Friday, November 14, 2014

Craft

©2014 Linda Palmer
Although there will likely never be a single standard for aesthetics, the degree of skill in crafting a piece can be evaluated in terms of effectiveness.

There are several things I look for when spectating. What is the overall emotional effect of the work? How much originality and individual style is shown? Is the intention of the piece clear enough, and does the piece succeed in conveying such intent? If the piece is purely sensation, then what is the effect, how is it achieved, and how well is it achieved? These are the types of things I enjoy experiencing in music.

While it's true that chance can play a role in creation, often it's how we as artists define the work that makes a difference. The choices we make are crafting as well, the strategy to realize the piece as we imagine it, and often the experience to know how to craft our vision. Not hard and fast rules, but a level of craftsmanship that allows the artist to succeed in conveying intent. This is what I look for, even in pure sensation. Decorative arts can be quite skillfully and originally done, and dance music can be well executed as well. No better or worse, just well crafted.


Listening Herr Absurd's  Dark Mythologies

Sunday, November 2, 2014

Wires, String, Circles and Angels

Compelling and novel sound design fills wires, string, circles and angels, the new instrumental electronic album by Peter Cline.  Each piece is unique, each an exploration into untested territory. A forest of synthetic sound has been produced, with the occasional digital reproduction of acoustic instruments complimenting the anodyne sounds.  I, myself, try to find that balance between the anodyne and the dissonant. Peter achieves this.

As with many things I listen to, this album is not ambient, merely instrumental. Attention is paid to the compositions, which are intended to be listened to, not to float in  the background. That's not to say there is no subtlety in the pieces. As with Peter's musical alter ego candytrash, the rhythmic pieces such as Datacrime and Chinese Red venture into the dance realm, but in a different way than electropop.

When you listen, listen actively. There's a lot going on in these pieces. I can see that some of the groundbreaking combinations will be the stuff of future genres, as it's far ahead of the curve. We have nothing to adequately pigeonhole it today. And I like that.

You can follow Peter on Soundcloud and Twitter, and don't miss candytrash as well.

Sunday, October 12, 2014

Influence 2014

I've been moved by much new music lately. Not only have I been moved by my friends in the Electric Future Collective, but by what's going on in the larger music scene.

My classic influences are many, and I revisit them often. I always return to Brian Eno, for instance. Laurie Anderson is huge in my influence as well, as is Robert Fripp. Interested in the cutting edge, I found their material  right on that line. They pushed the boundaries of what people would consider music, and opened up new areas to explore.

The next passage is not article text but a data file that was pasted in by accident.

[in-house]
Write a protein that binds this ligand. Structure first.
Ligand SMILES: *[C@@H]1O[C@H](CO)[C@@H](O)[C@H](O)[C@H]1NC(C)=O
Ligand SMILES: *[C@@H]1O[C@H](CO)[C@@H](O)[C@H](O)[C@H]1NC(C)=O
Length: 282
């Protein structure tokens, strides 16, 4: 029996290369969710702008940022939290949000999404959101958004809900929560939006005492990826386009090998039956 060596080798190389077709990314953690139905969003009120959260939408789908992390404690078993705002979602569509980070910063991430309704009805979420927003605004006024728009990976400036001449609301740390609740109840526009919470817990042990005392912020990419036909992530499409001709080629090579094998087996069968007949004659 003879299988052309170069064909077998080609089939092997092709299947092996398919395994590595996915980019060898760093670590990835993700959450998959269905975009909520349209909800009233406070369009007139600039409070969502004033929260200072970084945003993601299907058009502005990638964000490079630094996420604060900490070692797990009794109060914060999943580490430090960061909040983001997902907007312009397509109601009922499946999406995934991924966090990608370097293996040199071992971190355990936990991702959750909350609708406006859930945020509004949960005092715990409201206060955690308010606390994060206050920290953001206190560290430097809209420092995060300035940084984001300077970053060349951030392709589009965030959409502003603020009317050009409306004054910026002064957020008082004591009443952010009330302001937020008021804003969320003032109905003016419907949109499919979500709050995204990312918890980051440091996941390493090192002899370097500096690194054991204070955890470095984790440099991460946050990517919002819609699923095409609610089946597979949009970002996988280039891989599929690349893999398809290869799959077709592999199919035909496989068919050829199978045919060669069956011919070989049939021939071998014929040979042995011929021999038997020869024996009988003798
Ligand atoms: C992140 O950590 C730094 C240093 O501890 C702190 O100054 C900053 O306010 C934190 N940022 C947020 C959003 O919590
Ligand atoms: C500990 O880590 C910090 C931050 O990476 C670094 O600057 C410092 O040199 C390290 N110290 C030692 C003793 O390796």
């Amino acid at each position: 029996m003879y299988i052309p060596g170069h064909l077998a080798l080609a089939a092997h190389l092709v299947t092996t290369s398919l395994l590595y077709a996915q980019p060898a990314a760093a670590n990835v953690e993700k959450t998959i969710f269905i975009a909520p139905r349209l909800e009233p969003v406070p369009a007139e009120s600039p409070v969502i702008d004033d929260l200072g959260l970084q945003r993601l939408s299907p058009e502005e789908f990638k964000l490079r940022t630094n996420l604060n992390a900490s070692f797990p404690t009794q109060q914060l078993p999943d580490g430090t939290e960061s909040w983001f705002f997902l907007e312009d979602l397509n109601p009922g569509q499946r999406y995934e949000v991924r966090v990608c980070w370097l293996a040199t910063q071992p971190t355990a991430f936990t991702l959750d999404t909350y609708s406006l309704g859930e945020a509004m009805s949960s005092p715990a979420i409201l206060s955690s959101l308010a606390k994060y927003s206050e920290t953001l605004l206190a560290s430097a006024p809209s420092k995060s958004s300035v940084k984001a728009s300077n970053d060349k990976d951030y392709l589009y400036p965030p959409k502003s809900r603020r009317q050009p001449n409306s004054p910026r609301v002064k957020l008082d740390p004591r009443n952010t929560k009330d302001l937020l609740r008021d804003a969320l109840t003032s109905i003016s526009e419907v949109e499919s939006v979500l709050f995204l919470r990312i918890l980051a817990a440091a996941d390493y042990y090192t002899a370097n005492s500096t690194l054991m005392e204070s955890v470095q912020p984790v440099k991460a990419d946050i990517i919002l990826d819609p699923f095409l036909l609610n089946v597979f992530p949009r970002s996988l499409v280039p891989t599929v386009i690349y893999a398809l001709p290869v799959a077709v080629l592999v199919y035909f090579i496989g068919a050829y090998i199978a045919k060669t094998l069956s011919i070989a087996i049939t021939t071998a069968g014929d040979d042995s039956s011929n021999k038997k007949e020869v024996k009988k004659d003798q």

Today I look for those same qualities, and have found much new music to inspire.

Merrill Garbus of tUnE-yArDs is a big influence for me at the moment. She uses loopers on both her voice and drums and loves her new Minimoog Voyager. Sounds like it's right up my street to me, and indeed it is. Influenced by African rhythms, she traps herself beautifully, finding novel ways to arrange her music. Recently she participated in a conversation/interview with Laurie Anderson, where they discussed just about everything under the sun. Laurie had indicated a desire to work on a duet with Merrill, who was enthusiastic about the idea. Let's hope we get something from these two! You can listen to the interview here: Merrill Garbus with Laurie Anderson

Annie Clark. Sheesh, I had such a crush on her a couple of years ago! By getting into her stuff, I was able to see what I needed to go forward, and her brilliant keyboardist Daniel Mintseris showed me the way into the new technology. I had just gotten Ableton Live, and St. Vincent showed me what could be done when a whole band is powered by AL. Another band with a Voyager. Coincidence?

When watching a great concert from tUnE-yArDs, Merrill Garbus had started gushing about the support band for the gig, Sylvan Esso. I was intrigued and went looking for them. I did like it a lot, but I didn't think much of it at first. Those earworms did their work, however, and I finally got hooked on Coffee. After that it was over, I love their entire eponymous album. This band is a Cinderella story of two professionals getting together for a remix, but finding their true sound. Amelia Meath of a Capella folk band Mountain Man gave Play It Right, one of her songs that she thought could be bigger, to Nick Sanborn, producer and bassist for Megafaun for a remix. He took a year to discover it, finding a new way forward and knocking the remix out of the park. The pair's usual bands were in hiatus, and they started to write songs together. Her beautiful vocal performances, coupled with his trapping and Moog Minitaur stuff in Ableton Live are timeless. Nick performs with an Akai APC 40, his trap machine in which he also controls his Minitaur. This stuff is infectious.